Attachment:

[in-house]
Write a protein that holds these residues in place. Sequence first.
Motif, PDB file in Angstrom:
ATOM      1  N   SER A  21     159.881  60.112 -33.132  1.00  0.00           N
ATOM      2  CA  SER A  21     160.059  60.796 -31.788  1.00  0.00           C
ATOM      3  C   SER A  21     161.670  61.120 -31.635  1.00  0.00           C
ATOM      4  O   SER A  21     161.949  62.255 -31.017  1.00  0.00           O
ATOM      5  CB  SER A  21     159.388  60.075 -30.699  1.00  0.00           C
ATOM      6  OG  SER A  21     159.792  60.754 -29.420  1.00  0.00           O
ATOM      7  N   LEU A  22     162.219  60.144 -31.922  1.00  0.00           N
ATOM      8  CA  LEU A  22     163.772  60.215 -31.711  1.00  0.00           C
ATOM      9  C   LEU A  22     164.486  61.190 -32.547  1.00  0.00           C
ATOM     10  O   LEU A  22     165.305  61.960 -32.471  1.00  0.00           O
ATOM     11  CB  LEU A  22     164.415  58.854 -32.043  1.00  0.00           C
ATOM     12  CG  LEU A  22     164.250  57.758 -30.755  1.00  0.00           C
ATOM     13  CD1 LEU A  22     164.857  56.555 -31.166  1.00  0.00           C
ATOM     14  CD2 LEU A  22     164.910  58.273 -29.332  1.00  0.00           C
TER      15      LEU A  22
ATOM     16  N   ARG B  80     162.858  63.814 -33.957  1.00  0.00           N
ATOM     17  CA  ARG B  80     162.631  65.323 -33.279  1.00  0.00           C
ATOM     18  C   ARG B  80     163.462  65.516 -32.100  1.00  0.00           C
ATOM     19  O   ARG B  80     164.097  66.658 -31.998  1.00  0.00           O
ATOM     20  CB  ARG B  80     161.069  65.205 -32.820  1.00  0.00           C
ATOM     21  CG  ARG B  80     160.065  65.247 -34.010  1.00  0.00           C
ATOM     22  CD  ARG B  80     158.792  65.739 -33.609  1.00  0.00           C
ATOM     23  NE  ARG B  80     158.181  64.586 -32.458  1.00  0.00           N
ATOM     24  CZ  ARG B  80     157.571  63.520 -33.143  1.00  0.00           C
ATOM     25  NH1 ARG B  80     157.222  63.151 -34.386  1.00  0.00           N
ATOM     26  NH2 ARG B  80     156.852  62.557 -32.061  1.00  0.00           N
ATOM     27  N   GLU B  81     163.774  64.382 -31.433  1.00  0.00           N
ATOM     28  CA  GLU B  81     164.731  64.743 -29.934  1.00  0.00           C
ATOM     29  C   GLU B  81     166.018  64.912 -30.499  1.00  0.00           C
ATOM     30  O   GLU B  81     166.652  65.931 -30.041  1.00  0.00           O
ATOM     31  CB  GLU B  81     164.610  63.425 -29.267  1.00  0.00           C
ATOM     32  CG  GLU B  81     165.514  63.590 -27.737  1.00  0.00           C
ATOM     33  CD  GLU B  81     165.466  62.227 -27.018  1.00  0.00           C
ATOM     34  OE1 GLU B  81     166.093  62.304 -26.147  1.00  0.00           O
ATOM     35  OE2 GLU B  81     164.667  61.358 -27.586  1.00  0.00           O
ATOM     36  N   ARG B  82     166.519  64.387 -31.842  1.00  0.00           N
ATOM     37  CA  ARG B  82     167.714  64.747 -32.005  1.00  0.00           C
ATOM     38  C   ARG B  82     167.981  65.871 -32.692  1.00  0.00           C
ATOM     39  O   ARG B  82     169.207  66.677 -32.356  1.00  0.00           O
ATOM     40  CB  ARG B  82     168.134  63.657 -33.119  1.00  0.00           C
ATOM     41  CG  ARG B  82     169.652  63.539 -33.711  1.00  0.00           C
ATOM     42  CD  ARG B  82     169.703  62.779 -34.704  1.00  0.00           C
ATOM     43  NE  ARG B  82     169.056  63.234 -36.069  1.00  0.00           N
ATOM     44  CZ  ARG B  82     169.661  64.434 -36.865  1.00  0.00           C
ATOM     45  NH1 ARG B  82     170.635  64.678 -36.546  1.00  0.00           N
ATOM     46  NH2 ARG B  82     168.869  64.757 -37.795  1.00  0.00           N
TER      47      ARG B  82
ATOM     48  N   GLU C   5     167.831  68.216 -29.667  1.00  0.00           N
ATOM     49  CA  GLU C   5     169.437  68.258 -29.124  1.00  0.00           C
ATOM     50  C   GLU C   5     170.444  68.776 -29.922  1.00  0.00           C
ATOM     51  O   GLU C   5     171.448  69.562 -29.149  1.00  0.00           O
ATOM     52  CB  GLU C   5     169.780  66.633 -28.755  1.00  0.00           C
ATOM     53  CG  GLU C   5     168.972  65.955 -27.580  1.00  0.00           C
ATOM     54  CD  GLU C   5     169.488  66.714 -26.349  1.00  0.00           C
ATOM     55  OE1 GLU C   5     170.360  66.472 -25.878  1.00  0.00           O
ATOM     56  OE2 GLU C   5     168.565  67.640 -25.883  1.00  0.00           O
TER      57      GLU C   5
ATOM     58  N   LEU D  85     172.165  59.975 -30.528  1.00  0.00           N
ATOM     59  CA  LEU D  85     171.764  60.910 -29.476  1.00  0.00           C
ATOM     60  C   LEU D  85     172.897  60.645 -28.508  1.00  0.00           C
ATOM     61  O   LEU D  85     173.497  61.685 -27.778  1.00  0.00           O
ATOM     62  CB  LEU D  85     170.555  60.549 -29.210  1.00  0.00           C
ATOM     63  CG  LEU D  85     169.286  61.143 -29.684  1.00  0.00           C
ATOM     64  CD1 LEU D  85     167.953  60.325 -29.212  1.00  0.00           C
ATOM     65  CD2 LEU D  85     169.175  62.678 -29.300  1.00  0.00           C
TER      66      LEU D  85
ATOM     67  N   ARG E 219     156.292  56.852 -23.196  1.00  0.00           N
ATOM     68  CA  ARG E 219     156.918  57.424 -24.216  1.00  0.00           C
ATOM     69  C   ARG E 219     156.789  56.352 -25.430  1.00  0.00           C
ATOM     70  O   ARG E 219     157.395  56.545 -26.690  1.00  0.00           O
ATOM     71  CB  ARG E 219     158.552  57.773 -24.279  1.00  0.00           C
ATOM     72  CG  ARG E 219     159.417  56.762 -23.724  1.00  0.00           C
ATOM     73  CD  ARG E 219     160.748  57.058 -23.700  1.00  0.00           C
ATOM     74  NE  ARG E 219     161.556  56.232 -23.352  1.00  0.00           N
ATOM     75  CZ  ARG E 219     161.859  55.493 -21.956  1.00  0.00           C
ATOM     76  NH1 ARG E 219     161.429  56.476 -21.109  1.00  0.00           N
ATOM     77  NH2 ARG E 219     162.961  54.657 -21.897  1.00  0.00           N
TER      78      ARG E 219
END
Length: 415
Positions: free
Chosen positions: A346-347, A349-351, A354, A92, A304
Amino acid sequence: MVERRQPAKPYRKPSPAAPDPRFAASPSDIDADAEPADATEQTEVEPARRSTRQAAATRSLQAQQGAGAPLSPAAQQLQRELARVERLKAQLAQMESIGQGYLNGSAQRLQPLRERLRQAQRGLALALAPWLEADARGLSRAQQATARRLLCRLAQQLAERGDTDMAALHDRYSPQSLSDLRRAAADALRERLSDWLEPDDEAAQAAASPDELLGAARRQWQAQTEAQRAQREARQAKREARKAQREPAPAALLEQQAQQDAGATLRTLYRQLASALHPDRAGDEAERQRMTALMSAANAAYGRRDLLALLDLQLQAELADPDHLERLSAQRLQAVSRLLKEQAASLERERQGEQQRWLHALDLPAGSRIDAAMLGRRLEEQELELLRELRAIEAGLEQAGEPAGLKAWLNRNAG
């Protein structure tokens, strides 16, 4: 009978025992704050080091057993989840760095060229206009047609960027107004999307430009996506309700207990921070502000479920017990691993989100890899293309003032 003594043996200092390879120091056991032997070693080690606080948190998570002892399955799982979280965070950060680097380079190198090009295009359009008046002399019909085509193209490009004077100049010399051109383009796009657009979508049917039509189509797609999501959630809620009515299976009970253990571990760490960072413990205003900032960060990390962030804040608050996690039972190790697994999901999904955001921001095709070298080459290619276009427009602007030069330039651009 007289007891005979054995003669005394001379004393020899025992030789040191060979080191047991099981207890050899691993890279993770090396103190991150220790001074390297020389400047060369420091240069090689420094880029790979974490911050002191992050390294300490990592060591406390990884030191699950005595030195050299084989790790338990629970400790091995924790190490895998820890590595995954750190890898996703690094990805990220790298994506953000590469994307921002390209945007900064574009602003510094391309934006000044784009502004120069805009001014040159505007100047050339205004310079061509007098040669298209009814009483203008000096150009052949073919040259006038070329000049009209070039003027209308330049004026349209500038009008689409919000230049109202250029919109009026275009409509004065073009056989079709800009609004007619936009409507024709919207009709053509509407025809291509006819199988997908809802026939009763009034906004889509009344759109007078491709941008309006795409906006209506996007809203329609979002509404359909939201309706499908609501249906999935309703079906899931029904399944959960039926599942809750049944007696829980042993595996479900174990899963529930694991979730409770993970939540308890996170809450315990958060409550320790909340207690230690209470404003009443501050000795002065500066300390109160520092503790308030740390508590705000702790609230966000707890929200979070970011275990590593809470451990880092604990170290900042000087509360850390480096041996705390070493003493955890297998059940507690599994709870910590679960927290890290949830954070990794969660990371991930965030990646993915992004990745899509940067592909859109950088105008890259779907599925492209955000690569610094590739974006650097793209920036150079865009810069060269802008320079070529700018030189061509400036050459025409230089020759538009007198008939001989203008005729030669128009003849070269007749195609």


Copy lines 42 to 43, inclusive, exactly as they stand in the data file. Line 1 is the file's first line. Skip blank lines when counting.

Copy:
ATOM     39  O   ARG B  82     169.207  66.677 -32.356  1.00  0.00           O
ATOM     40  CB  ARG B  82     168.134  63.657 -33.119  1.00  0.00           C